Okadaic acid (OA) and its derivatives are toxic lipophilic polyethers produced by marine dinoflagellates and accumulated in filter-feeding organisms, where they can undergo biotransformation. The ingestion of marine shellfish contaminated by these toxins causes a gastrointestinal illness in humans known as diarrhetic shellfish poisoning (DSP). OA and its analogues are weak tumor promoters and specific inhibitors of serine/threonine protein phosphatases. Inhibition of these enzymes affects various cellular processes, including the events at the basis of diarrhea and tumor promotion, although other mechanisms of action cannot be excluded. Studies in rodents indicate that these diarrheic toxins are absorbed through the gastrointestinal tract and distributed in the whole body, inducing toxic effects. Their lethal oral doses after acute administration in mice are 2–5 times higher than intraperitoneal ones, with the small intestine and liver as main target organs, while repeated oral OA exposure affects mainly the forestomach, lymphoid organs, pancreas, and, at ultrastructural level, myocardium. The increasing number of toxicological studies on OA, including cytotoxicity, genotoxicity, neurotoxicity, and tumor promotion, suggests that the adverse effects of this compound and/or its analogues could not be limited to acute hazards related to diarrhea induction but can also pose a significant risk after sub(chronic) exposure. Thus, further studies are needed to assess the adverse effects of long-term exposure to low doses of diarrheic toxins. Moreover, periodic monitoring of seafood and harmful algal species in the seawater is recommended to protect public health from foodborne poisonings and to minimize negative economic impacts to the shellfish industry.

Okadaic Acid and Other Diarrheic Toxins: Toxicological Profile

SOSA, SILVIO;TUBARO, AURELIA
2016

Abstract

Okadaic acid (OA) and its derivatives are toxic lipophilic polyethers produced by marine dinoflagellates and accumulated in filter-feeding organisms, where they can undergo biotransformation. The ingestion of marine shellfish contaminated by these toxins causes a gastrointestinal illness in humans known as diarrhetic shellfish poisoning (DSP). OA and its analogues are weak tumor promoters and specific inhibitors of serine/threonine protein phosphatases. Inhibition of these enzymes affects various cellular processes, including the events at the basis of diarrhea and tumor promotion, although other mechanisms of action cannot be excluded. Studies in rodents indicate that these diarrheic toxins are absorbed through the gastrointestinal tract and distributed in the whole body, inducing toxic effects. Their lethal oral doses after acute administration in mice are 2–5 times higher than intraperitoneal ones, with the small intestine and liver as main target organs, while repeated oral OA exposure affects mainly the forestomach, lymphoid organs, pancreas, and, at ultrastructural level, myocardium. The increasing number of toxicological studies on OA, including cytotoxicity, genotoxicity, neurotoxicity, and tumor promotion, suggests that the adverse effects of this compound and/or its analogues could not be limited to acute hazards related to diarrhea induction but can also pose a significant risk after sub(chronic) exposure. Thus, further studies are needed to assess the adverse effects of long-term exposure to low doses of diarrheic toxins. Moreover, periodic monitoring of seafood and harmful algal species in the seawater is recommended to protect public health from foodborne poisonings and to minimize negative economic impacts to the shellfish industry.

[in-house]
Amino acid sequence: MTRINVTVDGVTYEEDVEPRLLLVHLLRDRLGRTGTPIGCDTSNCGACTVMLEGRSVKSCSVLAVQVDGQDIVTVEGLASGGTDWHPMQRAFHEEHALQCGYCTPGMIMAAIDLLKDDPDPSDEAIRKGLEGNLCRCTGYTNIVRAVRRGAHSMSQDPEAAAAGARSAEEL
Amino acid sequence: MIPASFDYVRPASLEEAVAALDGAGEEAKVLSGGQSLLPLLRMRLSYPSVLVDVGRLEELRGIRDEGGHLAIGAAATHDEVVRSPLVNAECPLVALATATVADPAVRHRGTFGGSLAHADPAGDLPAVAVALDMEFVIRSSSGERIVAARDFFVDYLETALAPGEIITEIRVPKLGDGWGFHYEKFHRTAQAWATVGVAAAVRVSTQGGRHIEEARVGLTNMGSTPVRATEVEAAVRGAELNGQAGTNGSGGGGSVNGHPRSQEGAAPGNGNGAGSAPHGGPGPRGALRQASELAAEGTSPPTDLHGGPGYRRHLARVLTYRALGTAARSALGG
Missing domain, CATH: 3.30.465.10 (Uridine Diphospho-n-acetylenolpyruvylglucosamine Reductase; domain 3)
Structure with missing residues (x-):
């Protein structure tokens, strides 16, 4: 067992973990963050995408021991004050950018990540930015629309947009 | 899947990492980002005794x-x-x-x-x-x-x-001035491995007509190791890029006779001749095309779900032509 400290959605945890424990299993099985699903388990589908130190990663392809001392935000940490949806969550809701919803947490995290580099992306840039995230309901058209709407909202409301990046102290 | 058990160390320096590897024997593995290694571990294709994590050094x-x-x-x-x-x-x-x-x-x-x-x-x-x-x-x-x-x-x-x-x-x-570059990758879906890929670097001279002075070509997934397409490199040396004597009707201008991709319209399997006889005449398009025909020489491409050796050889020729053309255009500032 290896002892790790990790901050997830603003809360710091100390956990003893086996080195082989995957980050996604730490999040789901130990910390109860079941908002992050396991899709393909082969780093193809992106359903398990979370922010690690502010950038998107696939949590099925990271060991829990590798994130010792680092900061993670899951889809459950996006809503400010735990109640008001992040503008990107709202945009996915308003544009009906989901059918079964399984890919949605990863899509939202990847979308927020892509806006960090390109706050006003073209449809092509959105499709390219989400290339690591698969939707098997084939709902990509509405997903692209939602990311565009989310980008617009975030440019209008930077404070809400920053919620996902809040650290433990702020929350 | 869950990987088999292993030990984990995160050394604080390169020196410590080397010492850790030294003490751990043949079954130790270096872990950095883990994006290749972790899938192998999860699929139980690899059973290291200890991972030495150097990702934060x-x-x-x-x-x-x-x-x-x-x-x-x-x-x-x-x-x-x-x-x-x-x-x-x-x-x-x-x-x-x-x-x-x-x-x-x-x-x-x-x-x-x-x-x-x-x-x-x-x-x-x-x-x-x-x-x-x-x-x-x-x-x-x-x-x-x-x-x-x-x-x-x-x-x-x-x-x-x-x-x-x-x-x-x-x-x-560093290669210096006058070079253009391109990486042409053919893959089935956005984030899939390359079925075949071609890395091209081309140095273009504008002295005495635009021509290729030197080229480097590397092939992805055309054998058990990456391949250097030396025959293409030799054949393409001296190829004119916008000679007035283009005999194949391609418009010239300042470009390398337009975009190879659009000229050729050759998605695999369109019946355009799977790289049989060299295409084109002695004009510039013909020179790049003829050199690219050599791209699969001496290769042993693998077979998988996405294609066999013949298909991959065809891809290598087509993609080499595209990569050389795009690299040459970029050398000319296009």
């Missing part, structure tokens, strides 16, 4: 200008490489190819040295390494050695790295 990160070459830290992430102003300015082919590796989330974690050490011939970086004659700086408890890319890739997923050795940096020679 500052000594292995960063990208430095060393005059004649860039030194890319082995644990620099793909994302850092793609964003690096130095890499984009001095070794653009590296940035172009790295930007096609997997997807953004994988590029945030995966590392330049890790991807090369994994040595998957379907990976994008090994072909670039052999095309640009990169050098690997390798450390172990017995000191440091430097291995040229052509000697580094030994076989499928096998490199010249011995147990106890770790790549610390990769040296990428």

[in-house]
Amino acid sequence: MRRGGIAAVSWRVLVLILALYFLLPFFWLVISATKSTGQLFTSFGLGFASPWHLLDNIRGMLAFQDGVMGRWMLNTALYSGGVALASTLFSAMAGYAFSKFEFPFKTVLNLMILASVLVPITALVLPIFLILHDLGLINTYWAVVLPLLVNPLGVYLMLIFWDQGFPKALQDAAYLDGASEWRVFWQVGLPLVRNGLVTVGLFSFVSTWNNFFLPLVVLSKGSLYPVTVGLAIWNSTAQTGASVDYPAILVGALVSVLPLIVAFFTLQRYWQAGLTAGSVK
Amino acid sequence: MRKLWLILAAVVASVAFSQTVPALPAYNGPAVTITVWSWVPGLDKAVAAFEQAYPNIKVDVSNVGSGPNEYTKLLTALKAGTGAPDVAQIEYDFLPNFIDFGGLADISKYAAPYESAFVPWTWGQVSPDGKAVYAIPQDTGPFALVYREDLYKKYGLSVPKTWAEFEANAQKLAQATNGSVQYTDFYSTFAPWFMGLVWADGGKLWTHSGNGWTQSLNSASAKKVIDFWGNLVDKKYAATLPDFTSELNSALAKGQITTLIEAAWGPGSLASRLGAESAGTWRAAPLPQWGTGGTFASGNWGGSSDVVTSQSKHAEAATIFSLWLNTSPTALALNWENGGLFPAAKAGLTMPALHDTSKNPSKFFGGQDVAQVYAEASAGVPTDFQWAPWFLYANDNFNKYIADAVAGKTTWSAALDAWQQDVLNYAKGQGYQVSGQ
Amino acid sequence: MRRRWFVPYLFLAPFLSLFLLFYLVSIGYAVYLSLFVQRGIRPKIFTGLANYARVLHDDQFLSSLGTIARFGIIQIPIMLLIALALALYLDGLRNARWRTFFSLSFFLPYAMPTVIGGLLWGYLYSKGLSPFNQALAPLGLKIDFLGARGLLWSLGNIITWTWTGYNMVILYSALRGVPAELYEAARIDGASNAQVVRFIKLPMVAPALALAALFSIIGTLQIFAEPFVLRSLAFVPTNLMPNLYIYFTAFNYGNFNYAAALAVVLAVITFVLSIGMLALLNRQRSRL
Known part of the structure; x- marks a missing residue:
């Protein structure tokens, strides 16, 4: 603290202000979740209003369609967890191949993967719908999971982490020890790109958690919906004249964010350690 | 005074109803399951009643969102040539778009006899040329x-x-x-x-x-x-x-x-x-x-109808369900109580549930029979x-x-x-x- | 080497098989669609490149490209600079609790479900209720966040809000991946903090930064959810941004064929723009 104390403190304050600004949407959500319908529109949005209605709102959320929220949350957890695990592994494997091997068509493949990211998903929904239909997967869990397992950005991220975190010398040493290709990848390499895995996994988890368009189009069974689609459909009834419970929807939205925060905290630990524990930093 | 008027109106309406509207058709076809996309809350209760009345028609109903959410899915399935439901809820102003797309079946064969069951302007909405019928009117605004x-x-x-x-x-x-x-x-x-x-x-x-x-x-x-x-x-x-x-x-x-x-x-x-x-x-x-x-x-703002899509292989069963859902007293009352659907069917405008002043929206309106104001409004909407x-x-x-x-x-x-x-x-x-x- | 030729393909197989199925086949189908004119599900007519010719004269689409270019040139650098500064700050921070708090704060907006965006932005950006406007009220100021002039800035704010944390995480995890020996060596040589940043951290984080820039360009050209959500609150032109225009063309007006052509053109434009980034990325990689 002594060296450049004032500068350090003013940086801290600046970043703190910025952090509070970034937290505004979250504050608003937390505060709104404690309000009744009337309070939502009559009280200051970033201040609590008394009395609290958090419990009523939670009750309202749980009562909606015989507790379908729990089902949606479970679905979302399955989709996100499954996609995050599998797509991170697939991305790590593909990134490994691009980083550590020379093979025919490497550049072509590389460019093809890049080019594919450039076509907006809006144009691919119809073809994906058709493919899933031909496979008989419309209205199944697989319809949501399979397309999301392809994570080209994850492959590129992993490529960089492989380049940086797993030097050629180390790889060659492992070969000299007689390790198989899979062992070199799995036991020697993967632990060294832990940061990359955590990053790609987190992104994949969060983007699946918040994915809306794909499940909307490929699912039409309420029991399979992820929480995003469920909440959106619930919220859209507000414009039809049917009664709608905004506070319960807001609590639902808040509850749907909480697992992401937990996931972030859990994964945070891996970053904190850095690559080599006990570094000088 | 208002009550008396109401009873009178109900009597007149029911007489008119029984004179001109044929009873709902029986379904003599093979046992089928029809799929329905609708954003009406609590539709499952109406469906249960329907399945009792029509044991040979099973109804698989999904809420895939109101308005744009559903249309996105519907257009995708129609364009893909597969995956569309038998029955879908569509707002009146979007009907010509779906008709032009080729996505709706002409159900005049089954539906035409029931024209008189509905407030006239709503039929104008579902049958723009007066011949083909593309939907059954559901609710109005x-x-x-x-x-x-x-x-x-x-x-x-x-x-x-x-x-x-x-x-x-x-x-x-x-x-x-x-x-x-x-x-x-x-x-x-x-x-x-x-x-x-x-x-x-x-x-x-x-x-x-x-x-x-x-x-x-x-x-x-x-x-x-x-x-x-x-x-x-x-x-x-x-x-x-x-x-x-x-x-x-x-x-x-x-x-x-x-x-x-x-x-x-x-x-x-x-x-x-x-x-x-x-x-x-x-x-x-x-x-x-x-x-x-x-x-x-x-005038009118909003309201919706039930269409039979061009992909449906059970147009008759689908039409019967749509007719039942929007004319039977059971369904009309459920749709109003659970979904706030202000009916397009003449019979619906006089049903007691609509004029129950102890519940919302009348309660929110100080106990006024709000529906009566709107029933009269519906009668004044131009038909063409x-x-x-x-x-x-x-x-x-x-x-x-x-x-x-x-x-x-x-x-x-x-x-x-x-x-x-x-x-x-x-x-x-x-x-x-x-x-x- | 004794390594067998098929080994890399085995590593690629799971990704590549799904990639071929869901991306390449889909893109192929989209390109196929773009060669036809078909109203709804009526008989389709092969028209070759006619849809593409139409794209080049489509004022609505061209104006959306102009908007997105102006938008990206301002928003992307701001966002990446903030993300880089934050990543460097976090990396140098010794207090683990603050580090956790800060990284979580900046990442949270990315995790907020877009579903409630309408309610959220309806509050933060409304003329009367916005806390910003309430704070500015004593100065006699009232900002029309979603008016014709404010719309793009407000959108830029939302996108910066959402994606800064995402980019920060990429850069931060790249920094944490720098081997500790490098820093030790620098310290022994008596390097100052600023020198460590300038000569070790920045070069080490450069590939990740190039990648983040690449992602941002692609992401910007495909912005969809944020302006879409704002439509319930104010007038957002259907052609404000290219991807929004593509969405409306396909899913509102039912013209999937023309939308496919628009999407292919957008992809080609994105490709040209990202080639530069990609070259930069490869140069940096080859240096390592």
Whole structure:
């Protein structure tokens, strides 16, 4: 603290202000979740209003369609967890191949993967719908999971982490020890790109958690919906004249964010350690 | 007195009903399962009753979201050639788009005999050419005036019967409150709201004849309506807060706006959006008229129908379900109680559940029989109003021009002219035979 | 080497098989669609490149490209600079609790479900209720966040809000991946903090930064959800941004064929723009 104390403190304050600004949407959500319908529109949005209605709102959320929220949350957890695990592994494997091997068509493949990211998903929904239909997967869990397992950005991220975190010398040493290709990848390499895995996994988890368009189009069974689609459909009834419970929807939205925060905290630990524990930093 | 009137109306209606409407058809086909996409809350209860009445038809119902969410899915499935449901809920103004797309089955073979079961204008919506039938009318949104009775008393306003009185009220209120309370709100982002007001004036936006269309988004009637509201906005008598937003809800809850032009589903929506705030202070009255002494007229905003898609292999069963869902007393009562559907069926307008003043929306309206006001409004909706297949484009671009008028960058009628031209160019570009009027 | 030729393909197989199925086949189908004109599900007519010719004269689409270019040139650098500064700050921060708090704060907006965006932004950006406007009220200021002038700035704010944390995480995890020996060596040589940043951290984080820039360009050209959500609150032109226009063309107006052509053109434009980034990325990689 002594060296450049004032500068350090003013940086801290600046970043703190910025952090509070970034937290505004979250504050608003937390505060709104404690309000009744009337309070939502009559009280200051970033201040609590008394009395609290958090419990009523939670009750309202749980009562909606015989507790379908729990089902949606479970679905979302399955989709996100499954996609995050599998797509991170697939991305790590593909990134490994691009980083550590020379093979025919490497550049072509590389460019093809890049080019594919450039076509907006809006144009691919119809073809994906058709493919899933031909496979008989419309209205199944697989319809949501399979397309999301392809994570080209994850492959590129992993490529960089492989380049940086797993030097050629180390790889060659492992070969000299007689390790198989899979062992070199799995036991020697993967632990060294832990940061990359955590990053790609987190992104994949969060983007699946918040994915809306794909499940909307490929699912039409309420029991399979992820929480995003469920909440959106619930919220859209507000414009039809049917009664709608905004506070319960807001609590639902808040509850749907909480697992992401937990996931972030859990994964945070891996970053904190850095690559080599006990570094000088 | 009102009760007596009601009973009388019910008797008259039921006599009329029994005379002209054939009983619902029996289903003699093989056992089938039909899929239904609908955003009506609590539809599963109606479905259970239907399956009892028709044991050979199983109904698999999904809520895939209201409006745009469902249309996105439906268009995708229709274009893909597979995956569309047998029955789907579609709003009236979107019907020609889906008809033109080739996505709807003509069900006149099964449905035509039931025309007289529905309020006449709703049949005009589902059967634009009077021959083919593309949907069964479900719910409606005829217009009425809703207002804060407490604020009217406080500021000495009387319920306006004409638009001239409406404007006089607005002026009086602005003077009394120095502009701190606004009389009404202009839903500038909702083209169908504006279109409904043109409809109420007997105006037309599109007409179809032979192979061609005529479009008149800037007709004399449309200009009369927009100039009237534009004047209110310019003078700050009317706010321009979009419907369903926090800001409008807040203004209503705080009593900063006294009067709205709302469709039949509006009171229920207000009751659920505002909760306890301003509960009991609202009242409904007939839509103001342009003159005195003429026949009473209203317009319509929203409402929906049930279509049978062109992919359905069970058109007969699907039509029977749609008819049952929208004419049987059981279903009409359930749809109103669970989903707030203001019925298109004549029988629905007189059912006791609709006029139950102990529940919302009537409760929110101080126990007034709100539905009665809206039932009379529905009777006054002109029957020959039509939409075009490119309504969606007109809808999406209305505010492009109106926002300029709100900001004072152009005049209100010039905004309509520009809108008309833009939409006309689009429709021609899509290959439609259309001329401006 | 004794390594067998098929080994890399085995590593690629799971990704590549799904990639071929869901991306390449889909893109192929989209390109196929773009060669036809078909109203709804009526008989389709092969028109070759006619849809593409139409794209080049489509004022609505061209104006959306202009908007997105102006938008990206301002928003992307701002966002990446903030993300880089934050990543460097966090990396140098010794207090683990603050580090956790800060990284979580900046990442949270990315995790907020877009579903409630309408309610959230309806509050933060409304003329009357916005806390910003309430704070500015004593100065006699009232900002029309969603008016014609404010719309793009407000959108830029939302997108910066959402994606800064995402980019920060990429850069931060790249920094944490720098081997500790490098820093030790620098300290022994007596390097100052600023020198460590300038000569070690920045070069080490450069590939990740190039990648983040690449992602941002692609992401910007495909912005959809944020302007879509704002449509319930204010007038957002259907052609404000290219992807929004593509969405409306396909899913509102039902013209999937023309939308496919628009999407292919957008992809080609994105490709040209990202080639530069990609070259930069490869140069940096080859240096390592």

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Utilizza questo identificativo per citare o creare un link a questo documento: http://hdl.handle.net/11368/2875491
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